Metal Finishing Guide Book

2012 Organic Finishing Guidebook Issue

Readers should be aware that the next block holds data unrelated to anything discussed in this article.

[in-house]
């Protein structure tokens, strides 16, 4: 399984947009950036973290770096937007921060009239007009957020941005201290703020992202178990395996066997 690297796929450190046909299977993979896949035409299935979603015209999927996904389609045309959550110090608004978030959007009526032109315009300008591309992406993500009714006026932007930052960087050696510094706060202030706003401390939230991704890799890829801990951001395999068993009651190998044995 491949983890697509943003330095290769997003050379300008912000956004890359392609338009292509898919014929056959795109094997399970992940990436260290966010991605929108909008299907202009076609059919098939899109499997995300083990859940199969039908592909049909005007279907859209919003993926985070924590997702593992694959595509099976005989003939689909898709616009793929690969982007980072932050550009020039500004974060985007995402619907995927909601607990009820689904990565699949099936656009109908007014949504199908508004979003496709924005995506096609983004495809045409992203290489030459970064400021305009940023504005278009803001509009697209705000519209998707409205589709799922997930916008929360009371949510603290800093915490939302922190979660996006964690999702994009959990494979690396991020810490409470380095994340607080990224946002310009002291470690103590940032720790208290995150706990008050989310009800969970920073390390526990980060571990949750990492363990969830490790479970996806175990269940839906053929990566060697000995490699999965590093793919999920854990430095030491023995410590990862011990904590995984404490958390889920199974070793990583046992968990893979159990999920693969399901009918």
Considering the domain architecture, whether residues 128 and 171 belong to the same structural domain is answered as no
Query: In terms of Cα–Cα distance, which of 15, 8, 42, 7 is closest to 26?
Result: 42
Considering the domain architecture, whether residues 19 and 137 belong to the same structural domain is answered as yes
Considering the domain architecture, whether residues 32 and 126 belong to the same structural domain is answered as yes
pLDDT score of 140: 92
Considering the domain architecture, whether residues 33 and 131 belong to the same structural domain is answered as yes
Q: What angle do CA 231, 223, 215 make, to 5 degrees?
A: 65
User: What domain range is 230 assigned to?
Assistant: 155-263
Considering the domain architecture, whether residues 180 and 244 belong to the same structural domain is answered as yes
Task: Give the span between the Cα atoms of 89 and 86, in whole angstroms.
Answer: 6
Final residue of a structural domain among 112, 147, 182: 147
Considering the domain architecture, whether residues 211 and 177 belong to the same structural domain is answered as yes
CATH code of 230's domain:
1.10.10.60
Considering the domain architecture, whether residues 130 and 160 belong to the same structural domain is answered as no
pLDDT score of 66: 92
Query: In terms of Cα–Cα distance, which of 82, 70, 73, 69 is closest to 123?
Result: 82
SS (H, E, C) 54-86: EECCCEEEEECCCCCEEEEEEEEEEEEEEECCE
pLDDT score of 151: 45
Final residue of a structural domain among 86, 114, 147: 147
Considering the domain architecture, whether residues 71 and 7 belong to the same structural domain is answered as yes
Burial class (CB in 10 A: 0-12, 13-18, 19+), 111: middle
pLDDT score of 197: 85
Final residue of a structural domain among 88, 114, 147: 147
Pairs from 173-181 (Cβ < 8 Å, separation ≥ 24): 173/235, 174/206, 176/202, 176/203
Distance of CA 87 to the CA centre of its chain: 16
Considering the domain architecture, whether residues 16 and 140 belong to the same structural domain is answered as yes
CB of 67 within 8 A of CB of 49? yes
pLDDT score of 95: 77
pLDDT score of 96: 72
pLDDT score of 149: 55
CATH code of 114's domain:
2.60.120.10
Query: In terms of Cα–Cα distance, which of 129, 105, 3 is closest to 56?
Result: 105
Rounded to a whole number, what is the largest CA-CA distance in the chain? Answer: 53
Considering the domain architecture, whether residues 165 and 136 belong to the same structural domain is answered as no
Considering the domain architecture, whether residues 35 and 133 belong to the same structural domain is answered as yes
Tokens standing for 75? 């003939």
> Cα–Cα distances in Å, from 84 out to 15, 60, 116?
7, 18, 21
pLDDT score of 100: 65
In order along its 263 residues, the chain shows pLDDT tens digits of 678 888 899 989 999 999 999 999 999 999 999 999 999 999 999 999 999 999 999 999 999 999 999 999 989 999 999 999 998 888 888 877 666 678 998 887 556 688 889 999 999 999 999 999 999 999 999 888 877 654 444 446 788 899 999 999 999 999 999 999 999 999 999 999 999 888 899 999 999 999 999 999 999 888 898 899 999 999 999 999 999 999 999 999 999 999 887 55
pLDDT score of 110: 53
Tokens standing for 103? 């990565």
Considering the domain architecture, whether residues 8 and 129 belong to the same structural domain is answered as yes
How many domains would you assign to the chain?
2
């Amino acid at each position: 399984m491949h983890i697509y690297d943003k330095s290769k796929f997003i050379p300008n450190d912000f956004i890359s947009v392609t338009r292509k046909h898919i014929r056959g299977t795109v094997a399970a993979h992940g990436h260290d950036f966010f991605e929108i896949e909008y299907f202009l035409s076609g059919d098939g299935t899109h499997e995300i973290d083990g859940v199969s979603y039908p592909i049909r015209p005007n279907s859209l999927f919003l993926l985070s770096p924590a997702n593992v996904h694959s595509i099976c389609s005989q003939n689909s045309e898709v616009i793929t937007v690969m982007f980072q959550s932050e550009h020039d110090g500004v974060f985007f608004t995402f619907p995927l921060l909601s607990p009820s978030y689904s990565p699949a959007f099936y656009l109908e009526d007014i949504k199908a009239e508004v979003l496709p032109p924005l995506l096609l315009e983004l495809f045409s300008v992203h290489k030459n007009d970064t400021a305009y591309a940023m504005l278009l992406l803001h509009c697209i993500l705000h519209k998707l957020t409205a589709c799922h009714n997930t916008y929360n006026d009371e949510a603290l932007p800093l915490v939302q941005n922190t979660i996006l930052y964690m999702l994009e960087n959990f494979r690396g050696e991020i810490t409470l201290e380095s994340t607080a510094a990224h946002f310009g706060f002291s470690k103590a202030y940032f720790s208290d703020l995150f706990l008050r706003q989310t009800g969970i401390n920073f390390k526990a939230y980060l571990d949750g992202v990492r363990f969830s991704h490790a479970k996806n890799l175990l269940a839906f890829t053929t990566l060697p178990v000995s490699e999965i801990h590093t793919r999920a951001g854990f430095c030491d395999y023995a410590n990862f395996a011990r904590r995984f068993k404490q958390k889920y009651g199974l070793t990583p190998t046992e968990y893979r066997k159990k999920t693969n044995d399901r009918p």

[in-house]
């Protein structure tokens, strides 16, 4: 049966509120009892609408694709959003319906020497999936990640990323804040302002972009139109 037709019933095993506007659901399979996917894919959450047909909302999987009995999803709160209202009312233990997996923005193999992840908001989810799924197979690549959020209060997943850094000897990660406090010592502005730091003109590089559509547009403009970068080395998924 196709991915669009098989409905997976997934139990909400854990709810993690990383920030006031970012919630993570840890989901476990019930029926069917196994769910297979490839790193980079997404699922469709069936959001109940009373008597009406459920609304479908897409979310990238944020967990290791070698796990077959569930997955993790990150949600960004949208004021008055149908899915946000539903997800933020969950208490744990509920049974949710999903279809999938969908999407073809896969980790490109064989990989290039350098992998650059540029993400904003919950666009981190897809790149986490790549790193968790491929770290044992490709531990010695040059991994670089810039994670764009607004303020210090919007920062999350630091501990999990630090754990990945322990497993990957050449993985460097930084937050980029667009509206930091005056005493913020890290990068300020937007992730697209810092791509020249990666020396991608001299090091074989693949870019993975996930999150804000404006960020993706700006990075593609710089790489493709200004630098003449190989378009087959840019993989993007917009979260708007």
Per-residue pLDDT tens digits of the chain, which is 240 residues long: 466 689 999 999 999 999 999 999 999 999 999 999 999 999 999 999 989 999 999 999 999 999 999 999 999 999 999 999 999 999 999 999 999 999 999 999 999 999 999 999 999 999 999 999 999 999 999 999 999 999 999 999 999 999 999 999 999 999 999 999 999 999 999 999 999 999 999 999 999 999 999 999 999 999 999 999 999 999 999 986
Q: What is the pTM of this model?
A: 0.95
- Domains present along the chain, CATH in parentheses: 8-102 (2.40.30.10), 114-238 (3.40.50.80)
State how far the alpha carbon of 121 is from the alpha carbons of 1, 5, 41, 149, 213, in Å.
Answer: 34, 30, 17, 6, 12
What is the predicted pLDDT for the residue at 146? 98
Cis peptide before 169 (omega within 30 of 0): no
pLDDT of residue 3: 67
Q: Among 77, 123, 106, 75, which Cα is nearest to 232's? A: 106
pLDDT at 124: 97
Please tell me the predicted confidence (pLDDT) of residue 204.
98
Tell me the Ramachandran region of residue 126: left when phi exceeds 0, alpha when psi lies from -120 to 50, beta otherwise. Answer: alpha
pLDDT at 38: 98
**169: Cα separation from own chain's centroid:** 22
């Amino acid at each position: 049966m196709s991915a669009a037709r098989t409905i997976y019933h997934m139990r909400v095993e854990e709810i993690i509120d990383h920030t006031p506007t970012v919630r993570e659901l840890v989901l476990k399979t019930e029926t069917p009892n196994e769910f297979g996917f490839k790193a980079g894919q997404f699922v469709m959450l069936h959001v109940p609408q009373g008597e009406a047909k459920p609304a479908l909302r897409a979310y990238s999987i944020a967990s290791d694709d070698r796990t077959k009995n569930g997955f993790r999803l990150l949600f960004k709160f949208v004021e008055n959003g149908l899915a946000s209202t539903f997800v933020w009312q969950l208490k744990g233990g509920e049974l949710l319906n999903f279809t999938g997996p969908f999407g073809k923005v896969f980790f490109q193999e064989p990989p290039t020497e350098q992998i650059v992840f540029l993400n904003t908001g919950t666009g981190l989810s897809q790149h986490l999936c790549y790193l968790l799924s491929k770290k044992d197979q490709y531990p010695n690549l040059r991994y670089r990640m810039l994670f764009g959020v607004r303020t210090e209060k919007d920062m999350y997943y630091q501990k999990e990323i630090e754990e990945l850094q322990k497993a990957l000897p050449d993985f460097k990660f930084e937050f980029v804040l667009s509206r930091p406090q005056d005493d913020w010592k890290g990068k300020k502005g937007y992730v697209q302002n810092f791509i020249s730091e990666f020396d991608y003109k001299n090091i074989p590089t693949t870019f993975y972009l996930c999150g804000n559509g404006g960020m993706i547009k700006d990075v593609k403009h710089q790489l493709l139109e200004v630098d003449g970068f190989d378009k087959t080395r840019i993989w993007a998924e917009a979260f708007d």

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amount of time the powder particle is in the field. Also of importance is the surface area of the powder particle, as finer powder particles hold less electrostatic charge. The following equations (see Fig. 2) best explain how the powder is charged: Field Strength: E=V/d Charge on Particle: Q= 1/2 CEt2 Notice that some factors are more important that others. For instance, elec- trostatic field strength is directly proportional to applicator electrode voltage. Also, the distance between the part and the applicator (sometimes called the target dis- tance) will directly affect electrostatic field strength. The charge on the powder particle (which causes the attraction) is most affected by the amount of time the particle is in the field (by its square). The time and field strength will determine how much powder is attracted to the part (i.e., first pass transfer efficiency). The time the powder particle is within the electrostatic field is most easily controlled by adjusting the velocity of the powder pumped through the gun, or applicator, and reducing the speed of the applicator motion. It is a known fact that systems that use reduced powder velocity and slow gun mo- tion will provide the best coating efficiency with the least effort. The powder coating process is most often used to apply a charged dielectric material (powder coating) and onto a conductive (grounded) part. However, electrostatic powder coating on nonconductive materials (i.e. plastics, rubber, glass, etc.) can be performed using a conductive primer or aiding powder attraction by heating the surface to be coated. Additionally, electrostatic charging of con- ductive materials (i.e., blended metallic powders) can be difficult since they can short-circuit the applicator's charging circuit. However, most equipment man- ufacturers provide electrodes outside the powder path to overcome this problem. Both positive and negative polarity electrostatic guns are available from most manufacturers to provide efficient charging of widely divergent coating materials. It is worth noting that 98% of all applicators used in powder coating operations are negative polarity devices. Fig. 2. Principle of corona charging. 158

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